MA: I’m glad it was all there for you. I must have missed it when I blinked. In terms of plot, MIRRORS is very weak. There’s very little creative about it, and what’s there, doesn’t make a lot of sense.
LS: I agree with you, to a degree. This movie isn’t oozing in creativity, because, unfortunately, director Alexandre Aja is kind of weak in that department. He’s not much of an innovator. Which isn’t to say I don’t like his work, or that I didn’t like MIRRORS. I actually liked it much more than you did. But Aja kind of excels at re-imagining the work of others. His first film, HAUTE TENSION (2003), which I liked a lot, bore an uncanny resemblance to Dean Koontz’s INTENSITY (which was a television minieries in 1997 – and there are whole scenes that seem almost exactly the same!). The first film he directed in Hollywood, THE HILLS HAVE EYES, was a remake of Wes Craven’s 1973 classic – and I thought Aja actually improved on the original. So it’s no surprise that MIRRORS, as I said before, is also a remake.
Aja isn’t a fountain of originality, but he is a stylish director who knows how to use visuals. And I really liked the way this movie looked, and its overall sense of dread.
I thought he did that very well.
MA: Which is a long-winded way of saying there’s very little creative about this movie, and I disagree with you about this film being stylish. I didn’t find it visually impressive at all. For example, I thought the scenes inside the burnt out department store were the weakest in the film. I would have thought, considering the setting, that these scenes would have been the most effective. I thought the menace behind the mirrors worked best when it was menacing behind mirrors in the outside world— inside the characters’ homes, for example. I thought this was creepy, and it was probably my favorite part of the movie. Unfortunately, as was the case with other plot points in the film, it didn’t completely work for me because it was never clearly explained how the evil could get from one mirror to another. We’re supposed to believe, I guess, there’s a whole alternate reality behind mirrors. If this was the case the movie was trying to make, it failed miserably.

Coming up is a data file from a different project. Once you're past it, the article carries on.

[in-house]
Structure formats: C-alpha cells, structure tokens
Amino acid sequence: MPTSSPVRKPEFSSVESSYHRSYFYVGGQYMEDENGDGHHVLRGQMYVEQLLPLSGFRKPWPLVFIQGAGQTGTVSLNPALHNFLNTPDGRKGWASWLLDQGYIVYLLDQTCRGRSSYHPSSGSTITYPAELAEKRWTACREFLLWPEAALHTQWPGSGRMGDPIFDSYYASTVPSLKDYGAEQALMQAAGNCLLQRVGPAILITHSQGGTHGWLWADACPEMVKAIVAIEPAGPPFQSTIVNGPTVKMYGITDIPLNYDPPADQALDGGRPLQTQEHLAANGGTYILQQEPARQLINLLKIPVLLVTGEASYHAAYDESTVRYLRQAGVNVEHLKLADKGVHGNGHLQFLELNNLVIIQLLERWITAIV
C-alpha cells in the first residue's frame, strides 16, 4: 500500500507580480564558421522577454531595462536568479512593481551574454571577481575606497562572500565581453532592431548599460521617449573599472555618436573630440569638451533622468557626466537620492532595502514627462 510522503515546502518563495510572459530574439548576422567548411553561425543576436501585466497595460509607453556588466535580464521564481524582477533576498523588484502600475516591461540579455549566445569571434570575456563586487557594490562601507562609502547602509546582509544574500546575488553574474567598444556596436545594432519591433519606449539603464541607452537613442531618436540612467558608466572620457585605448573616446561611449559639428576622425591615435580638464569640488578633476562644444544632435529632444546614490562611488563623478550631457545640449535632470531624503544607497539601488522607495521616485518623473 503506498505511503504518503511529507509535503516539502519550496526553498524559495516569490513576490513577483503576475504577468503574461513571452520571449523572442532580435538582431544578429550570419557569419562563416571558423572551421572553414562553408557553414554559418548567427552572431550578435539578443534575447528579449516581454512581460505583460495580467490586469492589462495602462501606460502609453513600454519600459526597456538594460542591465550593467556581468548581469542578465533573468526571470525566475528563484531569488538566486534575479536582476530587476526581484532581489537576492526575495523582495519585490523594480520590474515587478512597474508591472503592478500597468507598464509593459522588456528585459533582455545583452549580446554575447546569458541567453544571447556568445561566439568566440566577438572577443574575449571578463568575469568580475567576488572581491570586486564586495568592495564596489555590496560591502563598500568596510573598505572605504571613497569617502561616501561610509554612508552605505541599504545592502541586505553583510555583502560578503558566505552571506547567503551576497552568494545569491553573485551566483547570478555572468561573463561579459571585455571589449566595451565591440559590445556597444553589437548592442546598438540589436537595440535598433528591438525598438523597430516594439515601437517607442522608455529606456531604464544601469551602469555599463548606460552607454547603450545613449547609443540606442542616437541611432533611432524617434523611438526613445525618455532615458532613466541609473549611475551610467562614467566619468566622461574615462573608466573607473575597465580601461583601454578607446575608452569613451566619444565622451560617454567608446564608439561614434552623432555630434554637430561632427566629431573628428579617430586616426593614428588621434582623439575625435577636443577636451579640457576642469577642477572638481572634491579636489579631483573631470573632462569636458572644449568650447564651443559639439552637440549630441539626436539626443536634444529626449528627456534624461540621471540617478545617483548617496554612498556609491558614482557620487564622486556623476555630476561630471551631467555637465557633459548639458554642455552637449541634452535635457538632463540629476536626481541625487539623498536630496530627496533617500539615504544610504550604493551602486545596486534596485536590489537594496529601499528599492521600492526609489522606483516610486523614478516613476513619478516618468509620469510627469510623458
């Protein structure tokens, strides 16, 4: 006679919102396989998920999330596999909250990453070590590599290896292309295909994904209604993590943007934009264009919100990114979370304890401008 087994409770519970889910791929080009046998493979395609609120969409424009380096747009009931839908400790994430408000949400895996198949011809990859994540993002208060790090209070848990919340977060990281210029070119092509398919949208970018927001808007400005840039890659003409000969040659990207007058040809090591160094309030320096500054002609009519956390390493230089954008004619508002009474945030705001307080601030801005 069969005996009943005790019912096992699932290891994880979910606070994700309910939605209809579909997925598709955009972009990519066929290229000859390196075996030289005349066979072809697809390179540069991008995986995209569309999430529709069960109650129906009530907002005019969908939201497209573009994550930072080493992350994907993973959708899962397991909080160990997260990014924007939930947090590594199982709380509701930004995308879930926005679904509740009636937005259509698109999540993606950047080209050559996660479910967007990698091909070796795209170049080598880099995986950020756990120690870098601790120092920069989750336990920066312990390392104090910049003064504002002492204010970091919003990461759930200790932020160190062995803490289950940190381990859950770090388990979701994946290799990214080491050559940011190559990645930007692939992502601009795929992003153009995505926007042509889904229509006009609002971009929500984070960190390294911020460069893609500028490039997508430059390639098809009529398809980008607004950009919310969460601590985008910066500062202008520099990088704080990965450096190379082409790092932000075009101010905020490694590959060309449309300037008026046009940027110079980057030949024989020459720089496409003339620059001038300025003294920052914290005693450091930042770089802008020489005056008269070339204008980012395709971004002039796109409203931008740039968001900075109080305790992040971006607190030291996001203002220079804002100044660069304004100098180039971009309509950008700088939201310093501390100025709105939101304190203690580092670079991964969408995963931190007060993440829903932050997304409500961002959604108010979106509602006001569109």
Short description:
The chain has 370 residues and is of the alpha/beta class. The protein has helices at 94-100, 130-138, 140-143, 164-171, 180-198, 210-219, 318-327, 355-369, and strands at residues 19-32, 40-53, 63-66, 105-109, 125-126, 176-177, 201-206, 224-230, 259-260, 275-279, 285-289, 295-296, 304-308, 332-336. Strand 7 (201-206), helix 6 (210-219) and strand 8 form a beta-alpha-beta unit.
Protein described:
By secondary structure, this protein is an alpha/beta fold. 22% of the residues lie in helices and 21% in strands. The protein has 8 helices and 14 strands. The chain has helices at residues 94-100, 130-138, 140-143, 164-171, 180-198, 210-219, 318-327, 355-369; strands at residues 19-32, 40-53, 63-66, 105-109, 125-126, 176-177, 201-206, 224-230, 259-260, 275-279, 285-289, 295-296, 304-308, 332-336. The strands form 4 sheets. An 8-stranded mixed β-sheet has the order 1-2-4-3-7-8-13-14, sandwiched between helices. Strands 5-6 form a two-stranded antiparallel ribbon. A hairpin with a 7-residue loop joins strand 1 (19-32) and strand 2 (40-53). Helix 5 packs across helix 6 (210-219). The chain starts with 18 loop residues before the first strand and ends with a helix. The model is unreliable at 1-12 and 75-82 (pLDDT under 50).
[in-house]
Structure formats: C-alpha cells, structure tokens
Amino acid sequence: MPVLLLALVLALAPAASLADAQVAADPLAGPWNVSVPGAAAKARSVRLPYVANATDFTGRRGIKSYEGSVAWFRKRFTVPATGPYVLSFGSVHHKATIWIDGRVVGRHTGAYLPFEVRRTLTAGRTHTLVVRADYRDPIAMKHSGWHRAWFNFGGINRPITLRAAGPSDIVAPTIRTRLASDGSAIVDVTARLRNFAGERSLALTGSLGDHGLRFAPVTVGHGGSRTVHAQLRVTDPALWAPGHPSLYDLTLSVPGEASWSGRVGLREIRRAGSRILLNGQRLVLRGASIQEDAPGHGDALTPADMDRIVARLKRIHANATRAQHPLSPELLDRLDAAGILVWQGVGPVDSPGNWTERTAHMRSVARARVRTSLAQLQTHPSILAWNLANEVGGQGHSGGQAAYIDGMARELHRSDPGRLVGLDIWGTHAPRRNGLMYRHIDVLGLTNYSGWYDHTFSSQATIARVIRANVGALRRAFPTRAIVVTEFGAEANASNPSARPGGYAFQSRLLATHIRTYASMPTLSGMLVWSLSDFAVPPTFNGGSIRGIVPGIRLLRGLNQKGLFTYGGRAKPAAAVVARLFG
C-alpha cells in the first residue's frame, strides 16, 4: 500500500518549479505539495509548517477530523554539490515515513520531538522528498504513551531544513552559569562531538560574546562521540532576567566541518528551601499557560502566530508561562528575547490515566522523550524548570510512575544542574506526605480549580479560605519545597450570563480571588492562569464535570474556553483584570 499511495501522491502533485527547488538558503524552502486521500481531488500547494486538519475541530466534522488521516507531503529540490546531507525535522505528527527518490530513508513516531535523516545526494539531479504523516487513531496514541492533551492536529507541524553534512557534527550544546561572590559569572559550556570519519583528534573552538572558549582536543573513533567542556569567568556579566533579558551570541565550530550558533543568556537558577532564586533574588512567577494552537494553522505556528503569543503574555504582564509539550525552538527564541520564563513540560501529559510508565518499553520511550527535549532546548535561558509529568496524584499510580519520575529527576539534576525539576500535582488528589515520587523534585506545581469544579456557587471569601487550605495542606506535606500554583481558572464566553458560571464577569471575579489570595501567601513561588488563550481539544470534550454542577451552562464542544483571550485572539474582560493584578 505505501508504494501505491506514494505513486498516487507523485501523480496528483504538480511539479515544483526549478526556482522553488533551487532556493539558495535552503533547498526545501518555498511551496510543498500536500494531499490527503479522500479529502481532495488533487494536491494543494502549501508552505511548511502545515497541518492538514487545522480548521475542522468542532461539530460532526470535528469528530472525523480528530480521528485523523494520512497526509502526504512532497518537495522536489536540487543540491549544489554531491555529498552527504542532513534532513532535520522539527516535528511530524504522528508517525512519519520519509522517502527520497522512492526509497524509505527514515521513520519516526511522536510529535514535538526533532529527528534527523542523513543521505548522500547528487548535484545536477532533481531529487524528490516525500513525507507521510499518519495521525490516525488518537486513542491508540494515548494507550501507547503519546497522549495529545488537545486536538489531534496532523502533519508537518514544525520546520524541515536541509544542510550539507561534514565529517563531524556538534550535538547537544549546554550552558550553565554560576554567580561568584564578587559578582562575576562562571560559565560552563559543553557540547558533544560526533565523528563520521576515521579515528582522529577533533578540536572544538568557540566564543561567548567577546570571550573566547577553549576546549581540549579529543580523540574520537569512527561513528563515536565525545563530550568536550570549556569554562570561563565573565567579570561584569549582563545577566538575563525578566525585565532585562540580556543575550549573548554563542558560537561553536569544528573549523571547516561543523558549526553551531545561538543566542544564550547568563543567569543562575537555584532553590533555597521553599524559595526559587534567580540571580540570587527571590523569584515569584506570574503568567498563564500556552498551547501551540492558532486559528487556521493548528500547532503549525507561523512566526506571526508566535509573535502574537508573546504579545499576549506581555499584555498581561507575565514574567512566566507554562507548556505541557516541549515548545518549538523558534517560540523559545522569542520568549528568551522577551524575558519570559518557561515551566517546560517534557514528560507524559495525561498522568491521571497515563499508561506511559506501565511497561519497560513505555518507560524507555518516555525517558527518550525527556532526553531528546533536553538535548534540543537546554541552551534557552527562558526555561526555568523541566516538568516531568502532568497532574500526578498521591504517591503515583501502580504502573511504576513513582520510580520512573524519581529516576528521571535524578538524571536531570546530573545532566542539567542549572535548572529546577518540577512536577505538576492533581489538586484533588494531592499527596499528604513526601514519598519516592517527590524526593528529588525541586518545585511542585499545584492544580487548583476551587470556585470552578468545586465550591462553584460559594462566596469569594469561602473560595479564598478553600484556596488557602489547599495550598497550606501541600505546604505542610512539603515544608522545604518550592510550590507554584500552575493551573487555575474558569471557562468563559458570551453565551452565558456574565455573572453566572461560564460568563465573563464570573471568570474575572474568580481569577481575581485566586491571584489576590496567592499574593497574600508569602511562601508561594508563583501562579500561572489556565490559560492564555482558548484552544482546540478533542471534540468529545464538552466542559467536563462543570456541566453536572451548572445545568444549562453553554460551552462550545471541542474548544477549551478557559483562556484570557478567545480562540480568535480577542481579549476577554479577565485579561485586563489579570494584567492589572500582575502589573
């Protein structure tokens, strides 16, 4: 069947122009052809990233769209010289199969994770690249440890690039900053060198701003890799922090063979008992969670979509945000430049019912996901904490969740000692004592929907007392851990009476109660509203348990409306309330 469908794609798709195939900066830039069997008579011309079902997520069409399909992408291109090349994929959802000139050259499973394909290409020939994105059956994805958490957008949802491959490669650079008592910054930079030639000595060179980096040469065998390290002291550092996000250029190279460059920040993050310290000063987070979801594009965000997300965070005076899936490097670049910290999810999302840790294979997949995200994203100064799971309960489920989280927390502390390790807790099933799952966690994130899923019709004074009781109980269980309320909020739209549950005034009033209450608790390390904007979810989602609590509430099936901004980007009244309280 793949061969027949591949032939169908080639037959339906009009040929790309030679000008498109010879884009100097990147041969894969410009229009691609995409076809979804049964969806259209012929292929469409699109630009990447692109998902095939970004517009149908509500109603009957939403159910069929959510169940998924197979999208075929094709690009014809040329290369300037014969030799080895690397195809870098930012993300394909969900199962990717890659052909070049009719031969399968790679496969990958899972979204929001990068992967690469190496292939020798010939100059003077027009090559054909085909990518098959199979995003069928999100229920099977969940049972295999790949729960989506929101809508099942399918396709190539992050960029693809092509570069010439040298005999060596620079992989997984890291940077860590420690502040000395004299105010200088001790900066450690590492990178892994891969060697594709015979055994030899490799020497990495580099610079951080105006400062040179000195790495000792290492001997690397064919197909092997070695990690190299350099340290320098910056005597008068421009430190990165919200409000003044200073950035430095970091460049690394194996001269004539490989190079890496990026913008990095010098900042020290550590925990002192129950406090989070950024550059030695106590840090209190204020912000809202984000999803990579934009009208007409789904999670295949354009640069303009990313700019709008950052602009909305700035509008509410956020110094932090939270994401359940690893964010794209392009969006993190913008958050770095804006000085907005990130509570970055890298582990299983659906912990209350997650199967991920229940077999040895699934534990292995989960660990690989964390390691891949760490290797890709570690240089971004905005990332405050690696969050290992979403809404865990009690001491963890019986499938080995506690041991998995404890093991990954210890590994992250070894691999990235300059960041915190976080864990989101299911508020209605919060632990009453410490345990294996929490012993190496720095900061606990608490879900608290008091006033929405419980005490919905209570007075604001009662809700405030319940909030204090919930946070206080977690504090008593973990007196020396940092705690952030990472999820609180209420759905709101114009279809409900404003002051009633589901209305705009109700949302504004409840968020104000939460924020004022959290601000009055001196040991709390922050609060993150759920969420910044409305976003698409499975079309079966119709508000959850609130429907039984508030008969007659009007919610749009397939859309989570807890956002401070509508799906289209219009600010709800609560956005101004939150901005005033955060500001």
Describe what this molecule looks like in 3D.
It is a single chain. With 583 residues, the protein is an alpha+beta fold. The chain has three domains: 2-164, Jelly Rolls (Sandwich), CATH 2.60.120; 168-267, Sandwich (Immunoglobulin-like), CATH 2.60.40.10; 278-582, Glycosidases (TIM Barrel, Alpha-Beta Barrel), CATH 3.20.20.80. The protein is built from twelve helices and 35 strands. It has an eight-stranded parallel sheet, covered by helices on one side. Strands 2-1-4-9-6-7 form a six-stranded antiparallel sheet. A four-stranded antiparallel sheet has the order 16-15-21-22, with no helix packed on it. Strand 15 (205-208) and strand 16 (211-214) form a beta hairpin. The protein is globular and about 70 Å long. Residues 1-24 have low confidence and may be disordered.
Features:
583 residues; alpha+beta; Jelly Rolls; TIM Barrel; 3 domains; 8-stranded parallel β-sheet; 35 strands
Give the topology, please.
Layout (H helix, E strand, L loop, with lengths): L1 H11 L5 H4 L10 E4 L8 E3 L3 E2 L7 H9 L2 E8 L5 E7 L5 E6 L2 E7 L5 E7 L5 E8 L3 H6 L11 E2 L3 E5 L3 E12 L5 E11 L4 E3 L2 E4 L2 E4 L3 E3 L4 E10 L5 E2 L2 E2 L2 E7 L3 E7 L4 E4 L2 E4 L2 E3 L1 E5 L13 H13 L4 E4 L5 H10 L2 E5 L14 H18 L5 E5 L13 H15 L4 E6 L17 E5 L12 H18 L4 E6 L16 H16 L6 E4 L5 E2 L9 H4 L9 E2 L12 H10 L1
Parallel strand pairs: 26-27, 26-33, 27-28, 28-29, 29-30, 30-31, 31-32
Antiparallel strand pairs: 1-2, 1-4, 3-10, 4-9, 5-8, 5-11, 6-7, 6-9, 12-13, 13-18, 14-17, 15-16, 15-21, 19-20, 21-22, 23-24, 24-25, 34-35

LS: I don’t agree. I like the scenes in the department store. I wish Aja had made them even scarier though. Of course, once the creatures that live in those mirrors start attacking people in the outside world, it’s even better. What Aja should have done was completely jettison the overly familiar J-Horror back-story, and taken this into a new, fresh direction. If you’ve seen movies like THE RING, DARK WATER (both of which have more water imagery, by the way) and THE GRUDGE, then chances are the second half of this movie will seem very familiar to you.
That said, I think this is one of the rare remakes of an Asian horror movie lately that I liked. I think Aja handles the material well, and the last half hour or so, as Sutherland finally faces the forces that are behind all this, is done well.
MA: I disagree completely. I didn’t find the scenes inside the burned building scary at all. I didn’t even find them creepy. I’m really surprised you liked this one. I thought it was dull.
LS: It probably helped that I actually understood what was going on.
MA: Kiefer Sutherland was okay in a variation of his role on television’s 24, and it’s a good thing he is, because a lot of the movie is him alone investigating the mirrors inside the dark abandoned building. However, his Jack Bauer on 24 is a much more interesting character, and his work on that show is much more intense, and so while’s he’s okay here, we certainly see him much better on TV every week.
LS: I actually thought Sutherland did a fine job with the role. I’m not a huge fan of his, but I think he’s a capable actor, and I think he excels at playing desperate men who feel like they only have one chance left. He has just the right amount of intensity to make that kind of character work.
MA: But not as much intensity as he displays on 24. The rest of the cast I also thought was okay. I did like Amy Smart as Ben’s sister Angela. I believe Smart was also in THE BUTTERFLY EFFECT a few years back, and I liked her in that, too.
LS: You liked THE BUTTERFLY EFFECT? I didn’t realize you were an Ashton Kutcher fan! But seriously, I like Amy Smart a lot, and she’s good in her role here, even if we don’t see enough of her (in more ways that one).
MA: Wipe that drool from your lips. I also just want to mention the presence of Julian Glover in MIRRORS. Glover only has a small role here, as Robert Esseker, the brother of a key character later in the movie, but he has a resume a mile long and a career in movies and television that goes back several decades all the way back to the early 1960s, and a lot of his roles have been genre-related.